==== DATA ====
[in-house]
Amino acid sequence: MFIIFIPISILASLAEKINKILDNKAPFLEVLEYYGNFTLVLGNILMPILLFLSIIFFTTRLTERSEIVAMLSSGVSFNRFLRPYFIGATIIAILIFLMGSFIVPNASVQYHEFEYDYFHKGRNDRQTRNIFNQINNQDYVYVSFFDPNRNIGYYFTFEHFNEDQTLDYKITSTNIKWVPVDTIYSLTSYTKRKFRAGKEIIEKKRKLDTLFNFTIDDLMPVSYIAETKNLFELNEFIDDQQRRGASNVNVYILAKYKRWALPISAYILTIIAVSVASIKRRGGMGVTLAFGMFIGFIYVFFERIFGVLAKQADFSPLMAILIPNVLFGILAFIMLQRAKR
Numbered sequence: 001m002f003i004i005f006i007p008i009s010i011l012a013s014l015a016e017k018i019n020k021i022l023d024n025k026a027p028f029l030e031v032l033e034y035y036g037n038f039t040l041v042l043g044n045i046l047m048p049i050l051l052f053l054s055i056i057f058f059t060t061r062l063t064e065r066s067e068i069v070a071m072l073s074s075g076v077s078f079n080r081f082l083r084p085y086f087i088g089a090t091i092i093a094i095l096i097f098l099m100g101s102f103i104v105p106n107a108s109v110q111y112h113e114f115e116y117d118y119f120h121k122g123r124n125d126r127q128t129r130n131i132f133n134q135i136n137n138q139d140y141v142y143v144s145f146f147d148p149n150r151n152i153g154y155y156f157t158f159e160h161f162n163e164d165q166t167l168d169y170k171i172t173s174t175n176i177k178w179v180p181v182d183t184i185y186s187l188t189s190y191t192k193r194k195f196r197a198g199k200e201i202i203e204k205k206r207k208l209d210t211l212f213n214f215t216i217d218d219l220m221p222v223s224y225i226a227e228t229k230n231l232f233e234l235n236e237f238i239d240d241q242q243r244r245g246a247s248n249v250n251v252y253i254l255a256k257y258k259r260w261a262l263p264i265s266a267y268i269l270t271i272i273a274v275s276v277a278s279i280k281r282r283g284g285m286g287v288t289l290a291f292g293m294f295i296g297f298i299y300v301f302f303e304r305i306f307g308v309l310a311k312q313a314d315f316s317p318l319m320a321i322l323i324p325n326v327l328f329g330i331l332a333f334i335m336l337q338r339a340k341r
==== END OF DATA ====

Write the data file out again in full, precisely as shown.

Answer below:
[in-house]
Amino acid sequence: MFIIFIPISILASLAEKINKILDNKAPFLEVLEYYGNFTLVLGNILMPILLFLSIIFFTTRLTERSEIVAMLSSGVSFNRFLRPYFIGATIIAILIFLMGSFIVPNASVQYHEFEYDYFHKGRNDRQTRNIFNQINNQDYVYVSFFDPNRNIGYYFTFEHFNEDQTLDYKITSTNIKWVPVDTIYSLTSYTKRKFRAGKEIIEKKRKLDTLFNFTIDDLMPVSYIAETKNLFELNEFIDDQQRRGASNVNVYILAKYKRWALPISAYILTIIAVSVASIKRRGGMGVTLAFGMFIGFIYVFFERIFGVLAKQADFSPLMAILIPNVLFGILAFIMLQRAKR
Numbered sequence: 001m002f003i004i005f006i007p008i009s010i011l012a013s014l015a016e017k018i019n020k021i022l023d024n025k026a027p028f029l030e031v032l033e034y035y036g037n038f039t040l041v042l043g044n045i046l047m048p049i050l051l052f053l054s055i056i057f058f059t060t061r062l063t064e065r066s067e068i069v070a071m072l073s074s075g076v077s078f079n080r081f082l083r084p085y086f087i088g089a090t091i092i093a094i095l096i097f098l099m100g101s102f103i104v105p106n107a108s109v110q111y112h113e114f115e116y117d118y119f120h121k122g123r124n125d126r127q128t129r130n131i132f133n134q135i136n137n138q139d140y141v142y143v144s145f146f147d148p149n150r151n152i153g154y155y156f157t158f159e160h161f162n163e164d165q166t167l168d169y170k171i172t173s174t175n176i177k178w179v180p181v182d183t184i185y186s187l188t189s190y191t192k193r194k195f196r197a198g199k200e201i202i203e204k205k206r207k208l209d210t211l212f213n214f215t216i217d218d219l220m221p222v223s224y225i226a227e228t229k230n231l232f233e234l235n236e237f238i239d240d241q242q243r244r245g246a247s248n249v250n251v252y253i254l255a256k257y258k259r260w261a262l263p264i265s266a267y268i269l270t271i272i273a274v275s276v277a278s279i280k281r282r283g284g285m286g287v288t289l290a291f292g293m294f295i296g297f298i299y300v301f302f303e304r305i306f307g308v309l310a311k312q313a314d315f316s317p318l319m320a321i322l323i324p325n326v327l328f329g330i331l332a333f334i335m336l337q338r339a340k341r